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US airlines ready to add more flights to Europe as Covid retreats

Delta and United Airlines are among those introducing new services to European countries that are opening their borders to fully vaccinated Americans

US airlines are looking to increase transatlantic flights schedules to Europe this summer, amid growing confidence the Covid-19 pandemic is in retreat and travel restrictions will be lifted. 

Delta and United Airlines are among those adding new services to those European countries that are opening their borders to fully vaccinated Americans or those who have recently tested negative for the virus. 

Meanwhile, Air France is planning to add a new service to Denver, Colorado, this summer. 

Read more: Flight prices for summer travel from France remain low 

In the US, online searches for flights to Europe this summer surged after European Commission President Ursula von der Leyen told the New York Times in April: “All 27 member states will accept, unconditionally, all those who are vaccinated with vaccines that are approved by the European Medicines Agency." 

But the lifting of travel restrictions is expected to vary from country to country. Some have already allowed international holidaymakers, while France has set a provisional reopening date of June 9 for non-essential travel from the US, depending on the health situation and subject to rules.

For now, non-essential travel between France and the US is restricted, and a White House spokesman said late last month “there were no changes in [its] travel restrictions planned at the moment”, even for vaccinated Europeans. 

It is hoped the US stance will change as the health situation across Europe improves. "I hope the US will soon reciprocate and open its borders safely to European travellers," the EU's ambassador to Washington, Stavros Lambrinidis tweeted recently. 

For many Americans, the imminent reopening of Europe’s borders to vaccinated Americans is a “relief”, according to political scientist Célia Belin, a visiting fellow at the Center on the United States and Europe at Brookings.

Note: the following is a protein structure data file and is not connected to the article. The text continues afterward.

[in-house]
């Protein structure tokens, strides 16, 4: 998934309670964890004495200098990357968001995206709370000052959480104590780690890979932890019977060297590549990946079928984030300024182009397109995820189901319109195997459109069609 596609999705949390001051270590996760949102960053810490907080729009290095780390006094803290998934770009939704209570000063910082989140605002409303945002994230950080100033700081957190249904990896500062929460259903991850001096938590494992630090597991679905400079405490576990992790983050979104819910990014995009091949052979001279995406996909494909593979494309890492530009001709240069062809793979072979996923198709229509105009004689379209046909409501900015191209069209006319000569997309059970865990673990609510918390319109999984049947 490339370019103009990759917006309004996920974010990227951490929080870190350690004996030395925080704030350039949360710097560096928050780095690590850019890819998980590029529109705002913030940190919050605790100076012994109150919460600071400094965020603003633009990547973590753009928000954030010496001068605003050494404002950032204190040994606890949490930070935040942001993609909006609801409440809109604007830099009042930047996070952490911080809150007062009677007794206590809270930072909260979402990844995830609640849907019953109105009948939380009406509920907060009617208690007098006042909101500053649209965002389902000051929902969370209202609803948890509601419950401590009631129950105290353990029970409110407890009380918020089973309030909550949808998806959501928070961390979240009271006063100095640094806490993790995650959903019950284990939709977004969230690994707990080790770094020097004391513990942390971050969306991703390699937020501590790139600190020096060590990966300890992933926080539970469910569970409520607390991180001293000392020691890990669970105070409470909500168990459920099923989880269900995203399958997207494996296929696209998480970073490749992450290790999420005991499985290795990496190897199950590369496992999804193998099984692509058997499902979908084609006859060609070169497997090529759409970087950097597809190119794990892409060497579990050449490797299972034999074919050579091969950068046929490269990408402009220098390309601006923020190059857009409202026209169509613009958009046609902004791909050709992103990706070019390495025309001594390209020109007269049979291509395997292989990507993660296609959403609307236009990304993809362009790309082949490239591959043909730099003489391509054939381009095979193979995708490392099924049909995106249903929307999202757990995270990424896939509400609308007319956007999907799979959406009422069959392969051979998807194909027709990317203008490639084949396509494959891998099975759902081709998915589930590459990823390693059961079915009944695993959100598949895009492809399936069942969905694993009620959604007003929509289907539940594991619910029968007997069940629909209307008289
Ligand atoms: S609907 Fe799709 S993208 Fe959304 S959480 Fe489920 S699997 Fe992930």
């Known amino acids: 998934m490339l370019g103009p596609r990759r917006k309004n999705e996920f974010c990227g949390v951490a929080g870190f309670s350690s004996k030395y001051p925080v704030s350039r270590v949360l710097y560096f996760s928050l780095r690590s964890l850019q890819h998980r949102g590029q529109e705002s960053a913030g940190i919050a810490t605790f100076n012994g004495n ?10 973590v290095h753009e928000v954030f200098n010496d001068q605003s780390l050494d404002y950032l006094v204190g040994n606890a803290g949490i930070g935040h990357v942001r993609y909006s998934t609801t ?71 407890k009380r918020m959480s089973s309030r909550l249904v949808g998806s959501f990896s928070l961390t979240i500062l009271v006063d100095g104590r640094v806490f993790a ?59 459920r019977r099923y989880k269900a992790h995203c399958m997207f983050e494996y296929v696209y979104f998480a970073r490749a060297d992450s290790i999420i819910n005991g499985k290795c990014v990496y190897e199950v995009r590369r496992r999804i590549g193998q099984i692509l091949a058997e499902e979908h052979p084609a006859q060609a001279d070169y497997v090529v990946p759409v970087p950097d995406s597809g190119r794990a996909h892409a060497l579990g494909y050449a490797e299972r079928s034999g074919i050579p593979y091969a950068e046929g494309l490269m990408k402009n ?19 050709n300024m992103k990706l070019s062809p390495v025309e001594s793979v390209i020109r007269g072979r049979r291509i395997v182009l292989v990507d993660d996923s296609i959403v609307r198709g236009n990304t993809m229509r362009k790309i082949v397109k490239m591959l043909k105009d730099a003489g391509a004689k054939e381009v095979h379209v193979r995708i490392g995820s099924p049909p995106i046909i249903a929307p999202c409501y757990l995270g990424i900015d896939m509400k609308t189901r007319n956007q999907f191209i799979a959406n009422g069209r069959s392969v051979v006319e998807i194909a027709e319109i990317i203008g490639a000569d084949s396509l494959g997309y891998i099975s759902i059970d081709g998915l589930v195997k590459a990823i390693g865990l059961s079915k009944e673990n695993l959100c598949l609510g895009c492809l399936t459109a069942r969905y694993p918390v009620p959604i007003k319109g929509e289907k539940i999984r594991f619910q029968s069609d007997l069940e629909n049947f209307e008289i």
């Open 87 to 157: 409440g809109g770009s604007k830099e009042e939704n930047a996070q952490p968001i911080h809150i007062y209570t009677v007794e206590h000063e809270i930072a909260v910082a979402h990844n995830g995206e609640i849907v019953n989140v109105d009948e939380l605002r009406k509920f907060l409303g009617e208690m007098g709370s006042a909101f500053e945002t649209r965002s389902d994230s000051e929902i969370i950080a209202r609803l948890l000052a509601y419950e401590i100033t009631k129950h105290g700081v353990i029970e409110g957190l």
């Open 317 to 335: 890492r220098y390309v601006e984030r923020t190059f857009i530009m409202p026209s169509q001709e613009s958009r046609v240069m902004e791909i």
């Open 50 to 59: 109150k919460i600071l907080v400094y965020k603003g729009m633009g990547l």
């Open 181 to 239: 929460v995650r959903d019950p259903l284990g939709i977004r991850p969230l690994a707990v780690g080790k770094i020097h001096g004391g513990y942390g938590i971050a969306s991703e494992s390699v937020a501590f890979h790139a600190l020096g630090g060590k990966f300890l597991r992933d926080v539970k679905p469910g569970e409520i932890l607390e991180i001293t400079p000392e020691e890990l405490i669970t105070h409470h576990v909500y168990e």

“For Americans who have been banned from Europe for 15 months, this is a relief. Not only will the beaches of the Mediterranean be accessible to them, but they will also be able to freely find their loved ones,” Ms Brun told Le Monde this week. 

The majority of travellers from the US have been banned from entering much of Europe since March 17, 2020, when EU leaders imposed strict travel restrictions to limit the spread of Covid. Those restrictions were extended until July 1, 2020, when the EU began welcoming back travellers from a short list of approved countries. The US was never put on the list. 

When France reopens its borders to vaccinated travellers from the US, they will have to provide proof of vaccination. 

The United States is studying "very carefully" the possibility of establishing a vaccination passport for international travel, Homeland Security Secretary Alejandro Mayorkas said. 

And France is expected to demand reciprocity on border reopening, according to Clément Beaune, French junior minister for European Affairs.  

"It is a question of fairness and common sense. Europeans would not understand that we allow American tourists or others to travel here and that we do not have the right to go there," he told France 2 in May.  

But there is some mixed messaging.  "We did not demand reciprocity when we declared our territory open to certain nationals. In general, all over the world, the health situation differs, so it is complicated to set up reciprocity,” France's junior minister for Tourism, Jean-Baptiste Lemoyne later said. 

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